The ruling will be of considerable interest to owners of well-known or famous brands, as it recognizes that Harley-Davidson's Screamin’ Eagle trademark is unlikely to cause confusion despite the Canadian clothing stores' 20-year history with a similar trademark, Mark K. Evans of Smart & Biggar, Toronto, who represented Harley-Davidson in the case, said on March 10.
Harley-Davidson's customers would be “acutely aware” of the difference between its products and those of an unrelated clothing business, and the court recognized that Harley-Davidson has a “very unique and dedicated” customer base, Evans told Bloomberg BNA. The level of loyalty of Harley-Davidson customers is rare, but the ruling would be of assistance to other brand owners, he said.
The ruling is also noteworthy for its detailed analysis of the provisions on depreciation of goodwill in Section 22 of Canada's Trade-Marks Act, the first time a Canadian court has conducted a detailed evidentiary analysis based on the Supreme Court of Canada's precedent-setting 2006 ruling in Veuve Clicquot Ponsardin v. Boutiques Clicquot Ltee., Evans said. Section 22, the Canadian equivalent of the anti-dilution provisions in U.S. legislation, has not often been used by Canadian litigants, he said.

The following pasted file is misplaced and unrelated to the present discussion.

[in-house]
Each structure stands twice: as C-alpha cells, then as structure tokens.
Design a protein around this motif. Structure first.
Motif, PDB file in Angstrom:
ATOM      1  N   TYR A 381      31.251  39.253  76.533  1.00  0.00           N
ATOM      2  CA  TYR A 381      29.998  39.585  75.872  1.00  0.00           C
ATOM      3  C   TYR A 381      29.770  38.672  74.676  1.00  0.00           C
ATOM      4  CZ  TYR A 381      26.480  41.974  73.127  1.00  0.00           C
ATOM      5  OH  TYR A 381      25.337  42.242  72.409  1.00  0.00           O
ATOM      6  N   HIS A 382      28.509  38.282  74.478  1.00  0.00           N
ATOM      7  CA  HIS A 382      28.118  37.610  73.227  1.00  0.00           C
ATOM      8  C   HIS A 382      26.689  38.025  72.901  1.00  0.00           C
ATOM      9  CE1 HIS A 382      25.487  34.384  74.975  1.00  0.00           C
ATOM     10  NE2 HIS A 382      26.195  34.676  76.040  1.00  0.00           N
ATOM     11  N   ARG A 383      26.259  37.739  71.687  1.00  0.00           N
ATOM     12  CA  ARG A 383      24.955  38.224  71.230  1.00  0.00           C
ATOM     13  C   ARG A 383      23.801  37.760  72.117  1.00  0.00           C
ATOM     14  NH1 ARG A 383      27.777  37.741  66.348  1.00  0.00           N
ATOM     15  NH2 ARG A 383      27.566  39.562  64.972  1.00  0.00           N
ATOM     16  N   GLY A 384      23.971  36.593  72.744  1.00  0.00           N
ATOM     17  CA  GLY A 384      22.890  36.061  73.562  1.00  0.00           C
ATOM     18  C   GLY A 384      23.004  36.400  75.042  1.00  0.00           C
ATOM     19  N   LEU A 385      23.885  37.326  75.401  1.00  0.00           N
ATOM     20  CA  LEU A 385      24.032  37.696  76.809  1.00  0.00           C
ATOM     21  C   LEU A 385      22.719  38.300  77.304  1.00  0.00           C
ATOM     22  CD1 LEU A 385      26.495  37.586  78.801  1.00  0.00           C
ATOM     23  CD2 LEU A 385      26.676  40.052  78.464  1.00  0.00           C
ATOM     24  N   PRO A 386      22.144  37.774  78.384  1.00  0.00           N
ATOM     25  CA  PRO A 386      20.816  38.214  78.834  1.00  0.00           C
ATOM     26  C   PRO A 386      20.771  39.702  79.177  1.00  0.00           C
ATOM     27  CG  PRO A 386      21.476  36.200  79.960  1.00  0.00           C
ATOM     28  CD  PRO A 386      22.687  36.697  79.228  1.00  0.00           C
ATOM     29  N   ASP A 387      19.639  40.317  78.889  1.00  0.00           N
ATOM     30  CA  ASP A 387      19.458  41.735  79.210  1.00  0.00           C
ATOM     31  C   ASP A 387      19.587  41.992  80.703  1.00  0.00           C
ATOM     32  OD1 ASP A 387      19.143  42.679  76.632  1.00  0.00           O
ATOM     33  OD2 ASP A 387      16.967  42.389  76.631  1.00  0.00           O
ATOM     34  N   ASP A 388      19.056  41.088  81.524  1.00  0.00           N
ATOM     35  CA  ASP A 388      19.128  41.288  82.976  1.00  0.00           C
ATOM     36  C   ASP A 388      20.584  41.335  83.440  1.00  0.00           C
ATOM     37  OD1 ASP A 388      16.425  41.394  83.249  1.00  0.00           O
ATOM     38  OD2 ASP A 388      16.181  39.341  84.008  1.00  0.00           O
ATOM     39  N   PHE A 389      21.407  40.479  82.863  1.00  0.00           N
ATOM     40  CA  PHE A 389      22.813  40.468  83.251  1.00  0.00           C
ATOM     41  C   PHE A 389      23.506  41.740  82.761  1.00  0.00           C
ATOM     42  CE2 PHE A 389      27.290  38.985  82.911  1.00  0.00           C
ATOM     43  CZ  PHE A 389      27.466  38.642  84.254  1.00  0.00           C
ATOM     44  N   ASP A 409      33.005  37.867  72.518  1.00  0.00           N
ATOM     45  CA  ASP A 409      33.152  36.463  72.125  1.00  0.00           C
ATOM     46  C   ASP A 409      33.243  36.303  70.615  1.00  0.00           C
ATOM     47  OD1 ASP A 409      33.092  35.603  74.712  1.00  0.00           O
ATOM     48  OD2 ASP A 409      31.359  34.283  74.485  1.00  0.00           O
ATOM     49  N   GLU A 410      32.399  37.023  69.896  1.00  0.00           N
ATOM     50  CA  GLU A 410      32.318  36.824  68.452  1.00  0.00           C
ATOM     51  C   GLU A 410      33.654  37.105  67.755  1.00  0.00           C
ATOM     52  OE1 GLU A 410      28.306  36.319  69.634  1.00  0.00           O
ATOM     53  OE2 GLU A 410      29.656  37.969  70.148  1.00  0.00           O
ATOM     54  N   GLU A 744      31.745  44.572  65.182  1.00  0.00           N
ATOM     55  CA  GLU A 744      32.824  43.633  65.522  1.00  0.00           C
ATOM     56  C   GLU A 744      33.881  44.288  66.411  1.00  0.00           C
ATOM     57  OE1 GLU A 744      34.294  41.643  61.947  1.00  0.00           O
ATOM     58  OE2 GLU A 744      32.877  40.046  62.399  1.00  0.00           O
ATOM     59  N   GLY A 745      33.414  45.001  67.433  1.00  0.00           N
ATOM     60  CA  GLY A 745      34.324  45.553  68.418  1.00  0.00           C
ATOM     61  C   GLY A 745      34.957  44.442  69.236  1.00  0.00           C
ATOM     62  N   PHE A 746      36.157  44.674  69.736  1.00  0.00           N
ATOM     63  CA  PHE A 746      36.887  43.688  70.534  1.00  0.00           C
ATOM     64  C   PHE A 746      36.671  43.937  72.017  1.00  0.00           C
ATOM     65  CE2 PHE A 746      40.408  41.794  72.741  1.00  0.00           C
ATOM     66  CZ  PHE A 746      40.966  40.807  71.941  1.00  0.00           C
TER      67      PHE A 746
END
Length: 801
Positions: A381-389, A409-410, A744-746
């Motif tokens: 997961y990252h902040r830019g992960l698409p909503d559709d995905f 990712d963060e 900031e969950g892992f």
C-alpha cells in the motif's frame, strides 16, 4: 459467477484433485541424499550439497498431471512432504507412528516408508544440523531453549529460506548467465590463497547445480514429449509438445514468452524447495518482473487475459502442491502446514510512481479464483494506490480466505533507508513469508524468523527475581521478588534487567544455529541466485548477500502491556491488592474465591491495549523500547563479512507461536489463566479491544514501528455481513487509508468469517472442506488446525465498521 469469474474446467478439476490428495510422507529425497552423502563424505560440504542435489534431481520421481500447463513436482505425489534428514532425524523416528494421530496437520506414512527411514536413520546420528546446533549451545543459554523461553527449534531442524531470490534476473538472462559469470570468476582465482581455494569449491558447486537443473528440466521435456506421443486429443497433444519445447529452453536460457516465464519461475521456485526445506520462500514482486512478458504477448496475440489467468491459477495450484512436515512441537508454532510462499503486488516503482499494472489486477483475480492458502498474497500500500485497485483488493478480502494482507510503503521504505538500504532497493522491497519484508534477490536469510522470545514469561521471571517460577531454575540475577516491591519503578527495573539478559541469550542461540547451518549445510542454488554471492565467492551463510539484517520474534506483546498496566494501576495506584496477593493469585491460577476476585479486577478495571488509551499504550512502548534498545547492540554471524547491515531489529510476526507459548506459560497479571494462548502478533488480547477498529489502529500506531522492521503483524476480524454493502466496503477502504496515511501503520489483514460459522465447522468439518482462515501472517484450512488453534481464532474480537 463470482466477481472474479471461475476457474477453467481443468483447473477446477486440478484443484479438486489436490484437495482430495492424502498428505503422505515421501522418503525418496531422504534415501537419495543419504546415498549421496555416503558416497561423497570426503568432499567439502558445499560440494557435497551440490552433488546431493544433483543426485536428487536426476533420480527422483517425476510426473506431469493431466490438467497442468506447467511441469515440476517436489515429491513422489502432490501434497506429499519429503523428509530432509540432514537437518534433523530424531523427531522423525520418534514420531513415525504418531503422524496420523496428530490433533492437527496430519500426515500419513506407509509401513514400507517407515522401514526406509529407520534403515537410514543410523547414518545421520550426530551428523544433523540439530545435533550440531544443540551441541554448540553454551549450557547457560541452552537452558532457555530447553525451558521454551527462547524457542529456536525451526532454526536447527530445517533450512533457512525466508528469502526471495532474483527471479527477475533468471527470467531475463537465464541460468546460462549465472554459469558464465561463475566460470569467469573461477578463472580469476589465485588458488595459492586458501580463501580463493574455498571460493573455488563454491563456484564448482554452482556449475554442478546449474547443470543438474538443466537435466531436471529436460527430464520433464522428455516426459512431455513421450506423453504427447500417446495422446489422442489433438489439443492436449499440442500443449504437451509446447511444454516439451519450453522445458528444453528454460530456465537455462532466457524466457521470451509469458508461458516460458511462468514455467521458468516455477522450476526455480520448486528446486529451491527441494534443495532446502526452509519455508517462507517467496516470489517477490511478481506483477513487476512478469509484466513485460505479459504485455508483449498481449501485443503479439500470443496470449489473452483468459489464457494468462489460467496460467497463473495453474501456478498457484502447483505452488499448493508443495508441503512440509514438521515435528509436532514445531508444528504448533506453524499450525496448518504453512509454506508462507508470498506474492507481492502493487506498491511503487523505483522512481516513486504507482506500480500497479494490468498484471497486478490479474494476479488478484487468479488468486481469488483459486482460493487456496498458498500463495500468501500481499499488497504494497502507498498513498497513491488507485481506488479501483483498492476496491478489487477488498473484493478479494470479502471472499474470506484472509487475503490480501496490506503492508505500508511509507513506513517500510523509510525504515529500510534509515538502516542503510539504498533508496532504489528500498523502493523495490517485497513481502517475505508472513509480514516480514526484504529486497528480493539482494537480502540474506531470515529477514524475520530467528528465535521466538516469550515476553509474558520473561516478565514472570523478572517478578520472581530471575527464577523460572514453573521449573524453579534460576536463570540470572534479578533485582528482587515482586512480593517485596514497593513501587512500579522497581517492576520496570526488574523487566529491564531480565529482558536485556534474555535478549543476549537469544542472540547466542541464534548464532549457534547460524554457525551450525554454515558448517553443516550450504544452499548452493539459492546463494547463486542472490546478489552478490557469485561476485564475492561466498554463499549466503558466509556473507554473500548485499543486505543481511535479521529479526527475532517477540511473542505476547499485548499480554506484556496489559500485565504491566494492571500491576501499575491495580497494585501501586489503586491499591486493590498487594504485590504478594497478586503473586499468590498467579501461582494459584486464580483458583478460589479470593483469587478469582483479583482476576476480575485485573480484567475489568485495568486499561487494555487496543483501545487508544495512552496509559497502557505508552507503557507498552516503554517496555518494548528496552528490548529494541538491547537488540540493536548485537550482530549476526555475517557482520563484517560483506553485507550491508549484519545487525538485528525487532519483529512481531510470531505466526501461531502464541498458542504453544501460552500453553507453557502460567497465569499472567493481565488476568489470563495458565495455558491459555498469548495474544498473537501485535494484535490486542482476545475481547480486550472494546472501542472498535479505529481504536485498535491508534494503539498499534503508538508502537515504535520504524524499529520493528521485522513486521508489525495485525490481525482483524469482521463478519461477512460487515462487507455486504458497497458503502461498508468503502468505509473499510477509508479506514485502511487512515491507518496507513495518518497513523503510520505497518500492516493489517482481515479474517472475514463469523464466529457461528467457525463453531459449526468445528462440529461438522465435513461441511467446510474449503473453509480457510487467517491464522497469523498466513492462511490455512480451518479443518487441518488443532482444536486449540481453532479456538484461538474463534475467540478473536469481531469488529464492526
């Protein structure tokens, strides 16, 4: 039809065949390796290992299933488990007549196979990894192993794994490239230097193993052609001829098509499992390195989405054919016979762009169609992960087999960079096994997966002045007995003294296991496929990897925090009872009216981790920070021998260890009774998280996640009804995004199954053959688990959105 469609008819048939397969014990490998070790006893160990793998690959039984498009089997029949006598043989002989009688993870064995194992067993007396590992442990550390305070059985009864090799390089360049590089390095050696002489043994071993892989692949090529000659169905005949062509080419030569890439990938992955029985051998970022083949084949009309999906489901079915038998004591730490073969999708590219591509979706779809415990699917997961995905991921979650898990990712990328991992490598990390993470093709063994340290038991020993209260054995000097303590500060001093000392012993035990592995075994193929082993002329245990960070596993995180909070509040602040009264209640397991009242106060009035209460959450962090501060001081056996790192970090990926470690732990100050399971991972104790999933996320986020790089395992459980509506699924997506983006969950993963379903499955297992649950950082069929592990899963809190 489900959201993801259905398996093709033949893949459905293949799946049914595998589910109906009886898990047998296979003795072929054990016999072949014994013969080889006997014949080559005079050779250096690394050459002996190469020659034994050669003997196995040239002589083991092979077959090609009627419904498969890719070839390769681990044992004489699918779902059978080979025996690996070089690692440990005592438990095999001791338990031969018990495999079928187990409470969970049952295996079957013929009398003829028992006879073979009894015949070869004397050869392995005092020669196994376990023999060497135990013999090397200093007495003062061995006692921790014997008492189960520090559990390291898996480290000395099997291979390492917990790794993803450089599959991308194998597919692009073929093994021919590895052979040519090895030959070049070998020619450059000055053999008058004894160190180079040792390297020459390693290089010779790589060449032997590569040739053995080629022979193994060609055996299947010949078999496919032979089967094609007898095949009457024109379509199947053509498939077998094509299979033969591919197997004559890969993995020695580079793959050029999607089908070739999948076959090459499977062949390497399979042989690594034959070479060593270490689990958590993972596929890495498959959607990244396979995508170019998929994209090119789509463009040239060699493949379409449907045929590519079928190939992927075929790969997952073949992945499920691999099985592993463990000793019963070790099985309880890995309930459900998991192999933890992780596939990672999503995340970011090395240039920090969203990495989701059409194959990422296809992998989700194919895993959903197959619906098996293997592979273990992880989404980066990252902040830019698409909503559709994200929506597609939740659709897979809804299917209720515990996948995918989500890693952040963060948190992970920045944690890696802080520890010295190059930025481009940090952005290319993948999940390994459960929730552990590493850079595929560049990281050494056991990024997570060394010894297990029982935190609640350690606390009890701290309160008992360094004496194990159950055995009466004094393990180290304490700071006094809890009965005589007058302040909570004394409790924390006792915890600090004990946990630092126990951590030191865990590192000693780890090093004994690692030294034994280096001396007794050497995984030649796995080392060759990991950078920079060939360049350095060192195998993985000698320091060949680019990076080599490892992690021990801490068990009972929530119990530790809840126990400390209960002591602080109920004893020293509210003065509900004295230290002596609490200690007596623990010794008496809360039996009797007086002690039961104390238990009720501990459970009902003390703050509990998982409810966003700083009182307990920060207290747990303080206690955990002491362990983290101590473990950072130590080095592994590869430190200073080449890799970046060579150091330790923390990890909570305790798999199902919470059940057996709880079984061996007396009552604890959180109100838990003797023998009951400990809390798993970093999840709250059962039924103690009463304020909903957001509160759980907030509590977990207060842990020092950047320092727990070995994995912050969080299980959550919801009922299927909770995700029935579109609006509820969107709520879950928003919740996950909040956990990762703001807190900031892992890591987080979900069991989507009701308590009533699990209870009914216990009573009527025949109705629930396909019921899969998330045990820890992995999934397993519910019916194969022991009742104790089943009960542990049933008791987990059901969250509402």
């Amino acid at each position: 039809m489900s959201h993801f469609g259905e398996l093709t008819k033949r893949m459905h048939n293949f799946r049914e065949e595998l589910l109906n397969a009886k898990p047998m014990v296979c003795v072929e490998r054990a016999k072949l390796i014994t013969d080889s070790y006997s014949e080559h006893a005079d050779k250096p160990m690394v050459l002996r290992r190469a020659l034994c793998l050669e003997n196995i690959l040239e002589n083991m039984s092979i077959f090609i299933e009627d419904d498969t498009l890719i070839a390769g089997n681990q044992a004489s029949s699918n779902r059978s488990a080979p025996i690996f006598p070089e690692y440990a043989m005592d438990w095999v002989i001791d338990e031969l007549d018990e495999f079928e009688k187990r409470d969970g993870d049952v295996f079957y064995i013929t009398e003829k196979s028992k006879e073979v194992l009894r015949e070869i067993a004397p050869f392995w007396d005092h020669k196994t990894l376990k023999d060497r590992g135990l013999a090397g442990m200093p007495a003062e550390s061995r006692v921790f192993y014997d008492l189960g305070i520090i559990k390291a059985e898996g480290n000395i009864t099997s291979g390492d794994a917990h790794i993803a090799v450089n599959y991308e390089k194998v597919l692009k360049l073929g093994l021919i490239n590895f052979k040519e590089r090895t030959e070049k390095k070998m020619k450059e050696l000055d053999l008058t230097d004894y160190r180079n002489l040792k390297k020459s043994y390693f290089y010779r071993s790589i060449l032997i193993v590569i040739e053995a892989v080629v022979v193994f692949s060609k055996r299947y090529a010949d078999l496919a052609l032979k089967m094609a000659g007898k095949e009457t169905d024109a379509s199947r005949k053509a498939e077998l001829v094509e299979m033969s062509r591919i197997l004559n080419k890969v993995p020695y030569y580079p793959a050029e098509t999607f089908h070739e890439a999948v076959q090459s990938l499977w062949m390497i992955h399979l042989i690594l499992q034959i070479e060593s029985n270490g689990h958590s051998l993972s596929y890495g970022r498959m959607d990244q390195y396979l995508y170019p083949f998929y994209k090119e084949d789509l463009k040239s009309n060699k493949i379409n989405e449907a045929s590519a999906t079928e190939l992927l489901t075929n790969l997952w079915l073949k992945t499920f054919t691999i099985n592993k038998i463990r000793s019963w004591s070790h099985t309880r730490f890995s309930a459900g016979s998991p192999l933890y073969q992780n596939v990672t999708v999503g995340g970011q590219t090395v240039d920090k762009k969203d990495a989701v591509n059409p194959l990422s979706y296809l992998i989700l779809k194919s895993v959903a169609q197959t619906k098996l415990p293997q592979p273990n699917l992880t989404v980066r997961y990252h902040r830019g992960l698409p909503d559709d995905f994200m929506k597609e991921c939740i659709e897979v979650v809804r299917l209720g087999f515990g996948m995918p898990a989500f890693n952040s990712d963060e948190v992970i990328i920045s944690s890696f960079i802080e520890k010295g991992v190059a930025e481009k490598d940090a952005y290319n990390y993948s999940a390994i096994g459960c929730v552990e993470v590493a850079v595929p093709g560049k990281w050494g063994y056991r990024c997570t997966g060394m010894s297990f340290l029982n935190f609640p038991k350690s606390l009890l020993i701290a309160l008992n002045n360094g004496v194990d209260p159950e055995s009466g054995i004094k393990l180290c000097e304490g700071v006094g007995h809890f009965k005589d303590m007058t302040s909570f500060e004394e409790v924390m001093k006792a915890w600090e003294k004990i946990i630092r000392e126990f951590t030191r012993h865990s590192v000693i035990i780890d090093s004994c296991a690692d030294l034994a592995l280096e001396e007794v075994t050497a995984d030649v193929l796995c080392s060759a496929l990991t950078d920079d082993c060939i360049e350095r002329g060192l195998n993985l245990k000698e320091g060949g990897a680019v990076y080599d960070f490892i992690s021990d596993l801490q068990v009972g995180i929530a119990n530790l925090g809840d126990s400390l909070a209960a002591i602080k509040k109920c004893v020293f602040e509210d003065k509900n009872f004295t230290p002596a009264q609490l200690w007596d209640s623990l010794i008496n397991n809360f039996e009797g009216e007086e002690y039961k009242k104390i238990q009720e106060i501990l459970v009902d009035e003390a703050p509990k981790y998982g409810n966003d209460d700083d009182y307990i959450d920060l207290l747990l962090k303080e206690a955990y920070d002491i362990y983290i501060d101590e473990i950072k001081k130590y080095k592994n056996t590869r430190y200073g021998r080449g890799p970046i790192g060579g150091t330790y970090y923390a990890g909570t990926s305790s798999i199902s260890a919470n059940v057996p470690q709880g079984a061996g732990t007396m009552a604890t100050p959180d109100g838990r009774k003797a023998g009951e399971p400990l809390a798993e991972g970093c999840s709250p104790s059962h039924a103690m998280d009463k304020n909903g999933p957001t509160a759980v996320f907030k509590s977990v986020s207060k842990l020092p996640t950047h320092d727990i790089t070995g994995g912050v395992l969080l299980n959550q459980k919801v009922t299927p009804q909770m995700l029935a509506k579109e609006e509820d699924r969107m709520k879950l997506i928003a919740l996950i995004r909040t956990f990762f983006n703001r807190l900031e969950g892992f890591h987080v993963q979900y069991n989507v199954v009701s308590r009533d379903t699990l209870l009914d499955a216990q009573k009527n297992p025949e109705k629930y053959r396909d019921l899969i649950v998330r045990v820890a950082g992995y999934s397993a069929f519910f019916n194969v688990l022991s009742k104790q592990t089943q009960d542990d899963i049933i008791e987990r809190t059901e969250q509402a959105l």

Montreal lawyer Harold Ashenmil, who represented Jamal Berrada and his companies that operate Screaming Eagles clothing outlets--3222381 Canada Inc. and El Baraka Inc.--did not respond to a March 7 email seeking comment on the ruling and an indication of whether Berrada intends to appeal to the Federal Court of Appeal.
The Federal Court rejected Berrada's arguments that the association made by customers of his Screaming Eagles stores with Harley-Davidson's Screamin’ Eagles trademark damaged his businesses' goodwill.
Section 22 of the Act allows for depreciation of goodwill in the absence of any confusion over the trademark, but Berrada was unable to meet the four-part test for goodwill depreciation established in the Supreme Court's ruling in Veuve-Clicquot, the court said in rejecting Berrada's counter-claim.
Berrada sought declarations confirming his exclusive use of Screaming Eagle and similar trademarks and that Harley-Davidson had infringed those exclusive rights and depreciated the trademark's goodwill, an injunction against Harley-Davidson's further use of the trademark and sale of clothing and accessories carrying it, and delivery for destruction of infringing goods and advertising materials.